The Radio Times Doctor Who 50th Anniversary Special is a real doozy, with no less than TWELVE variant covers featuring all of the Doctors, including “War Doctor” John Hurt.

There’s also a Steven Moffat article, on set with Tennant, Smith and Hurt, a celebration of 50 Years of Radio Times Doctor Who covers, a detailed overview of all eleven Doctors, and even a competition to win the Doctor’s bow tie. What’s not to like about this? Another nice one.

12. TV Times 50th Anniversay Special

The TV Times had their own 50 Years of Doctor Who Anniversary edition, which was also pretty good, although they didn’t go quite as overboard as the Radio Times, with only four variant Doctor Who covers.

There is a nice Classic Companions piece, interviewing Peter Purves (Steven) and Frazer Hines (Jamie), plus a mini-review of The Day of the Doctor. But the main piece of the Doctor Who anniversary is the five-page 50 Years of Doctor Who Special celebration, which includes interviews with not only David Tennant and Matt Smith, but also Tom Baker and Peter Davison.

However, my absolute favourite was the A Brief History of Time (Lords) timeline, which runs along the bottom of the entire five pages of the main 50 Years of Doctor Who Special section. Anyone who knows me knows how much I like my timelines. Lovely.

To Be Continued…

Doctor Who: 50 Years in Space & Time (Part 9)

Here’s the next part of my look back at the Best of the Bunch from Doctor Who’s 50th Anniversary:

  • The Night of the Doctor – mini-episode prequel
  • The Last Day – mini-episode prequel

8. The Night of the Doctor

Commemorating Doctor Who’s 50th Anniversary, and the first of two very good mini-episode prequels to The Day of the Doctor is The Night of the Doctor, which was released on Youtube and BBC iPlayer on 14th November. At less than seven minutes long, it is an excellent swansong for the Paul McGann Doctor and as an introduction to the War Doctor. It was also nice to see the Sisterhood of Karn make a reappearance again, as we hadn’t seen them since the Tom Baker era. Both McGann and the Sisterhood should have been given more airtime in past Doctor Who series, so it was nice to see them again, and particularly in McGann’s case, to see him have a nice, much-deserved regeneration scene at last.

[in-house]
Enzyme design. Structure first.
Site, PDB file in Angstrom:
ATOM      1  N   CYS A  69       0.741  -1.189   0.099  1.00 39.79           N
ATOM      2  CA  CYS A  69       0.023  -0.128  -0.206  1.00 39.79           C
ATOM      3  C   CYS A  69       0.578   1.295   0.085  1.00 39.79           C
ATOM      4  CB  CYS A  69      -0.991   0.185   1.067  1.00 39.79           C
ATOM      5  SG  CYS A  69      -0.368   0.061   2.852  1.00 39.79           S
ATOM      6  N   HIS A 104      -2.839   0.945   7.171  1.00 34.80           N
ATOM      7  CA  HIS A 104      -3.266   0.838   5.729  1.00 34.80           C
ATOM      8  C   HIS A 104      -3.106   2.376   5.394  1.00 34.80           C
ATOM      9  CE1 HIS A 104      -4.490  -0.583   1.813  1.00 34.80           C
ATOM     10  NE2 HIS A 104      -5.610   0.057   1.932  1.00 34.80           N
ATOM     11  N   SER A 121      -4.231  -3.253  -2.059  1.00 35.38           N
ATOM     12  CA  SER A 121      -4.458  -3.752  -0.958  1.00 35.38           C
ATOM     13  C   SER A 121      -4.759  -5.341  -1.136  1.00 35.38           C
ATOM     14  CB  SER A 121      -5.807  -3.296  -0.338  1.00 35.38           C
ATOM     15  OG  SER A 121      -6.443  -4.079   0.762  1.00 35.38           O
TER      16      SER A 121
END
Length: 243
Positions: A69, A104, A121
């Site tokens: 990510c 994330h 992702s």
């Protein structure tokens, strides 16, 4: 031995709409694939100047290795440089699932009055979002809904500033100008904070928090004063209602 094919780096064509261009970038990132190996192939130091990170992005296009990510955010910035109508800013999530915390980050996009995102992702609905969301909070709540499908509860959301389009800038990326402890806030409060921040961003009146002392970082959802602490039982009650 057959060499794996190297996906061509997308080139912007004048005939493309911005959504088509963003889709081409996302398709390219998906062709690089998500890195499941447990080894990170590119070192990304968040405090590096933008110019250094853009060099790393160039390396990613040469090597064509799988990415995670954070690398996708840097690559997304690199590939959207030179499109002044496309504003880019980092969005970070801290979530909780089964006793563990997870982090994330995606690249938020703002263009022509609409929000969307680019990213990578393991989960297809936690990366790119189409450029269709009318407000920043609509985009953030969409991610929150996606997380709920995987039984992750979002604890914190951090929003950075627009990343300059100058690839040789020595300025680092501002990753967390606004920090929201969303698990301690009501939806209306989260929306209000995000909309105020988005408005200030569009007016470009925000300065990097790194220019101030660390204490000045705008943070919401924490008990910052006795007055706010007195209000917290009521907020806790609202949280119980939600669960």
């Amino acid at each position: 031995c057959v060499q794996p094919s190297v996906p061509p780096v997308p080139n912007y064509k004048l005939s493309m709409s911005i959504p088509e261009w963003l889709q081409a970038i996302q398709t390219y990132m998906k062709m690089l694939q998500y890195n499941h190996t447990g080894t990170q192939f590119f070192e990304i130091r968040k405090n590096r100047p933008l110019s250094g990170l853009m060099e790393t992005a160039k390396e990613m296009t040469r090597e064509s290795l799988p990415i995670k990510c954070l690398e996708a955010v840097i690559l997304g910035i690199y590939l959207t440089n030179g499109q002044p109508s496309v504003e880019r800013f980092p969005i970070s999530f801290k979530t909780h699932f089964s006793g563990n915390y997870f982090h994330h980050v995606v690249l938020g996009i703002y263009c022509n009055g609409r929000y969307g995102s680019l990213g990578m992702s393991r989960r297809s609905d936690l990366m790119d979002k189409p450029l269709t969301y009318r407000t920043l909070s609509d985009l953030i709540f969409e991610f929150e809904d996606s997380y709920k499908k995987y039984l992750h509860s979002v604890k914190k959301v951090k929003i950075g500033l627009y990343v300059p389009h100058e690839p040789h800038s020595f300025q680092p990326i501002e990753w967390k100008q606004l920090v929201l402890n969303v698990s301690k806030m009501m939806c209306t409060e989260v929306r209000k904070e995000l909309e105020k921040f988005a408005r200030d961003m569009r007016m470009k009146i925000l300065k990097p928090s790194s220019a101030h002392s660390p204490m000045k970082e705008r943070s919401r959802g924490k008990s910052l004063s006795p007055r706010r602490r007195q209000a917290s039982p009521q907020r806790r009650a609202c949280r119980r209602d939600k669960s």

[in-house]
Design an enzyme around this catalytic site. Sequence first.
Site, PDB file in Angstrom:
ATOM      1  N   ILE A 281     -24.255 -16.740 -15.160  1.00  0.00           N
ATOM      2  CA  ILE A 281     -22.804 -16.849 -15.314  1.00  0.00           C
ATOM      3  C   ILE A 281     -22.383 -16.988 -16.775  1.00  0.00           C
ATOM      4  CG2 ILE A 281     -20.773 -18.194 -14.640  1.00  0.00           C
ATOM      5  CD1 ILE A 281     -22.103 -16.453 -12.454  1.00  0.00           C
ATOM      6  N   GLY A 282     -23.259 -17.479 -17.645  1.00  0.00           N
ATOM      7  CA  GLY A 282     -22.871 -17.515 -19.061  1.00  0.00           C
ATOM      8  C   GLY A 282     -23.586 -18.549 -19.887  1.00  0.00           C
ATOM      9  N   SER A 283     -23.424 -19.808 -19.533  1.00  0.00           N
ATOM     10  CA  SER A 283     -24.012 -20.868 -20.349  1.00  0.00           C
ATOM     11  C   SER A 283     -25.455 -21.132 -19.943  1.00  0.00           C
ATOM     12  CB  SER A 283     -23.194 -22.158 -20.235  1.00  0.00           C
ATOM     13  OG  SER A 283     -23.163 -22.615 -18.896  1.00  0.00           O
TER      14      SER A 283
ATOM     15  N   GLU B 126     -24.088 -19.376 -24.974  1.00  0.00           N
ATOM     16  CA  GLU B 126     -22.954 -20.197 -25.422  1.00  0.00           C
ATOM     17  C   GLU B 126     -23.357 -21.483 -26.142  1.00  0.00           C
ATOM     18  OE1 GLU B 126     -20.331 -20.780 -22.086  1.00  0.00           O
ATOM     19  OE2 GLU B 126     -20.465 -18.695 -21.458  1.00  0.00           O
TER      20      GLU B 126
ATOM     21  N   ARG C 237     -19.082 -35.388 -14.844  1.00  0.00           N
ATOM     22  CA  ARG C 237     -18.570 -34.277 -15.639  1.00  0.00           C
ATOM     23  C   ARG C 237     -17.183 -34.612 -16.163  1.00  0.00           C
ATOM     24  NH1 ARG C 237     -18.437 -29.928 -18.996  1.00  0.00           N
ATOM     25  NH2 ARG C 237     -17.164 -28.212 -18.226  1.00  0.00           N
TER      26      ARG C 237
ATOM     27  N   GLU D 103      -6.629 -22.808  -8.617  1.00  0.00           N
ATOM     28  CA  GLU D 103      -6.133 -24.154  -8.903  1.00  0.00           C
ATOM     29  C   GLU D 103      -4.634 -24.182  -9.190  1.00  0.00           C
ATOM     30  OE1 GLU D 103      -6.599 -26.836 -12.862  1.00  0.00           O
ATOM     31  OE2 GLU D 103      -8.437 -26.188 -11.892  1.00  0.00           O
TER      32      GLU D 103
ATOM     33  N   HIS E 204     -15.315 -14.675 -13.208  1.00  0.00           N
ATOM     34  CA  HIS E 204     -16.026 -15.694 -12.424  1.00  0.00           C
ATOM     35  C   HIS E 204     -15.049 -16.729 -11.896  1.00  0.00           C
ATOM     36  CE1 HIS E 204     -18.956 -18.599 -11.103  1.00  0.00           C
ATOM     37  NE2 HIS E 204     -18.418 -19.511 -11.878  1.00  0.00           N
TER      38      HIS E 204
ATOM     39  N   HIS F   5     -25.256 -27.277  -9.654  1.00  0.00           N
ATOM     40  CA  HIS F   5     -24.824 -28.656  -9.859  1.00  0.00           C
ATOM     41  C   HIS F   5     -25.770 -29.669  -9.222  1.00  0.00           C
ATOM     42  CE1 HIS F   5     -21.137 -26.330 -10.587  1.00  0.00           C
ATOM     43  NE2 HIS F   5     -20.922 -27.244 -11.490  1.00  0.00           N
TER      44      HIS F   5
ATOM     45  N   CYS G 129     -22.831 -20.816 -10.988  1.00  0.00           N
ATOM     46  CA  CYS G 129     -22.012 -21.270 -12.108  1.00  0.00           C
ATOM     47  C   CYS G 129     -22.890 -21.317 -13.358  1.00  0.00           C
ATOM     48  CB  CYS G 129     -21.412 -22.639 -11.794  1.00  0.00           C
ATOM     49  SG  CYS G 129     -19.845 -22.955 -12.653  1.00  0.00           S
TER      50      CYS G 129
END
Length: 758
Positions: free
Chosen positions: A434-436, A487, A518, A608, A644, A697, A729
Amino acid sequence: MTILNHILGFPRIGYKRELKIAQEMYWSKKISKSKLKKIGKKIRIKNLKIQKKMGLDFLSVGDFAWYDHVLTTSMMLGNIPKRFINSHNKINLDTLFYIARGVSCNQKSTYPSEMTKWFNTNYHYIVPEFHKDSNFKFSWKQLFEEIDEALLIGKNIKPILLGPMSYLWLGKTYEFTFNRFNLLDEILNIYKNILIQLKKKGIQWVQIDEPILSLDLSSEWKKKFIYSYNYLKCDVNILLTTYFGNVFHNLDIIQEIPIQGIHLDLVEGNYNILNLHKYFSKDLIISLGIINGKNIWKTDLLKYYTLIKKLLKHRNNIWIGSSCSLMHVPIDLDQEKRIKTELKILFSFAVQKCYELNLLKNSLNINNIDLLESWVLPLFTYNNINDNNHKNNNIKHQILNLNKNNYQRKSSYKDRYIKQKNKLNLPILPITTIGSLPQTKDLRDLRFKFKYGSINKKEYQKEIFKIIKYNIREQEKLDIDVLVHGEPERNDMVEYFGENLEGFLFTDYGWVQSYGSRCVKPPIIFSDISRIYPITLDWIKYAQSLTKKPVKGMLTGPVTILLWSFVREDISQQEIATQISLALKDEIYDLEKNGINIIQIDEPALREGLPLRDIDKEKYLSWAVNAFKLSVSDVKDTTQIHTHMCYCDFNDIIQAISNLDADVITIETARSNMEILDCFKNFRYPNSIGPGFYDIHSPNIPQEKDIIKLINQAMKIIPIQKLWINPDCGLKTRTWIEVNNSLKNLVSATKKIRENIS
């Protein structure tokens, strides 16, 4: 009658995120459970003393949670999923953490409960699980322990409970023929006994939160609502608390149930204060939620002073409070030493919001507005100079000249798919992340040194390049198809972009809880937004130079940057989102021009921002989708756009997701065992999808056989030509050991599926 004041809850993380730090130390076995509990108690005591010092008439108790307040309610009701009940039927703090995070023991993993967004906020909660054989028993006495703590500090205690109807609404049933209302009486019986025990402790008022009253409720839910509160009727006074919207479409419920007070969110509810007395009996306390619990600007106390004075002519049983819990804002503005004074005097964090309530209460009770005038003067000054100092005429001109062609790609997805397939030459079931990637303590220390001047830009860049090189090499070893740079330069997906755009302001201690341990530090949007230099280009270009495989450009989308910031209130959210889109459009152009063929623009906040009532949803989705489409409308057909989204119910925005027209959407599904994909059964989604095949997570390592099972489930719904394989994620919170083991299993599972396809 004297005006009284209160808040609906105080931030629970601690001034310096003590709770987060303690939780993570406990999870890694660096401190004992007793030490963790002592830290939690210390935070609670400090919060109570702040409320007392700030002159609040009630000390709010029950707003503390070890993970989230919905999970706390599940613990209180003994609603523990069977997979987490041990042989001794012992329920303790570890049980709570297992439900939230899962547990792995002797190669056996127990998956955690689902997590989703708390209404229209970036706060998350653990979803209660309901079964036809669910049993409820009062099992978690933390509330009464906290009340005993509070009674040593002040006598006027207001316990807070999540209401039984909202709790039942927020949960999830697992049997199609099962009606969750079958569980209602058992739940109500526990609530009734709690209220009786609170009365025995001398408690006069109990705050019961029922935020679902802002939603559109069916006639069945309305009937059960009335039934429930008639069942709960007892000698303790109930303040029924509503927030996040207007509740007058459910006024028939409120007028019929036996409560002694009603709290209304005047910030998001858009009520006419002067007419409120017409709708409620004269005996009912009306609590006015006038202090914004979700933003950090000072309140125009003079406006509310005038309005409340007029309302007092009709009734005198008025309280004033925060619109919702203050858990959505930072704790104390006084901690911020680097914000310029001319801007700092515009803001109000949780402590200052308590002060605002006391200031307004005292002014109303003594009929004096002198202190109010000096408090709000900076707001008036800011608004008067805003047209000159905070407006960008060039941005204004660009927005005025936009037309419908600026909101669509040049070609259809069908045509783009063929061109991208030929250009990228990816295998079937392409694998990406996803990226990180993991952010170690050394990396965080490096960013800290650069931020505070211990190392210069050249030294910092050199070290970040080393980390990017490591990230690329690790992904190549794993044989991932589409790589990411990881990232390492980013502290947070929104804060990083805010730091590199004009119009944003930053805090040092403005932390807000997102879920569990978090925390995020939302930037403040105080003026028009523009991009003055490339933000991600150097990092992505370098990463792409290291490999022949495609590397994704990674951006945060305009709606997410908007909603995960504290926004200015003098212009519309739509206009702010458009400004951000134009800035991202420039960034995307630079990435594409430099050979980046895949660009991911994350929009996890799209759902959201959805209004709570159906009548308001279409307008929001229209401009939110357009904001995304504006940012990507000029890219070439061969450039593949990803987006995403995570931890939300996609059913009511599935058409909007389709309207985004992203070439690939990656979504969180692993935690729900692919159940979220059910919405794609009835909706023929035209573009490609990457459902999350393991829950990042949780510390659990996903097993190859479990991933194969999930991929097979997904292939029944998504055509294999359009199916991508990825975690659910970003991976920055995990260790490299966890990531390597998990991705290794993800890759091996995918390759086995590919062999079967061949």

9. The Last Day

The second of the two mini-episode prequels to The Day of the Doctor, and, at under four minutes, even shorter than The Night of the Doctor, is The Last Day, which first appeared on YouTube and BBC iPlayer on 21st November. Seen from the point of view of a Time Lord soldier wearing a headcam, this one elaborates on the “fall of Arcadia” during the Time War. The sequence with the commander bragging about the supposedly impenetrable “sky trenches” and Arcadia being “the safest place on Gallifrey” illustrates the overconfidence and complacency of the Time Lords. When the Daleks burst through in large numbers, I was almost cheering them on. 🙂

To Be Continued…

Doctor Who: 50 Years in Space & Time (Part 2)

Last time out, I talked about what TV has been dishing up for us to celebrate our favourite Time Lord’s 50th birthday. This time, I’m having a look at what’s been happening on the magazine front. In this first part, I’ll be looking at the Radio Times.

The November 23rd-29th edition of the Radio Times is a Doctor Who 50th Anniversary Special, with no less than twelve variant covers, each one featuring a different Doctor (including the “War Doctor” John Hurt, which is why there are twelve covers, not eleven). So far, I’ve got the Hartnell, Troughton, Pertwee and Tom Baker covers, and to be honest, that’s enough.

I honestly think it’s going a bit overboard trying to collect all twelve covers, unless you’re a reseller wanting to make a big profit, or a hardcore, dedicated fan or collector, who simply has to have every cover. I’ve always been a huge fan of the first four Doctors, so I’ve decided just to collect only the magazines with the covers of those four Doctors.

Inside the magazine itself, we’ve got:

  • A golden celebration of Radio Times Doctor Who covers, with fifty covers for all fifty years
  • A Steven Moffat article You Can’t Destroy the Doctor
  • On set with the Three Doctors (Smith, Tennant and Hurt)
  • A detailed overview of all eleven Doctors
  • And, finally, a competition to win the Doctor’s bow tie

Oh, yeah, and don’t forget that this issue is also interactive, if you happen to have an Apple or Android smartphone. Which I don’t. Life is so unfair! 🙁

This one is worth grabbing at least one copy of.

To Be Continued…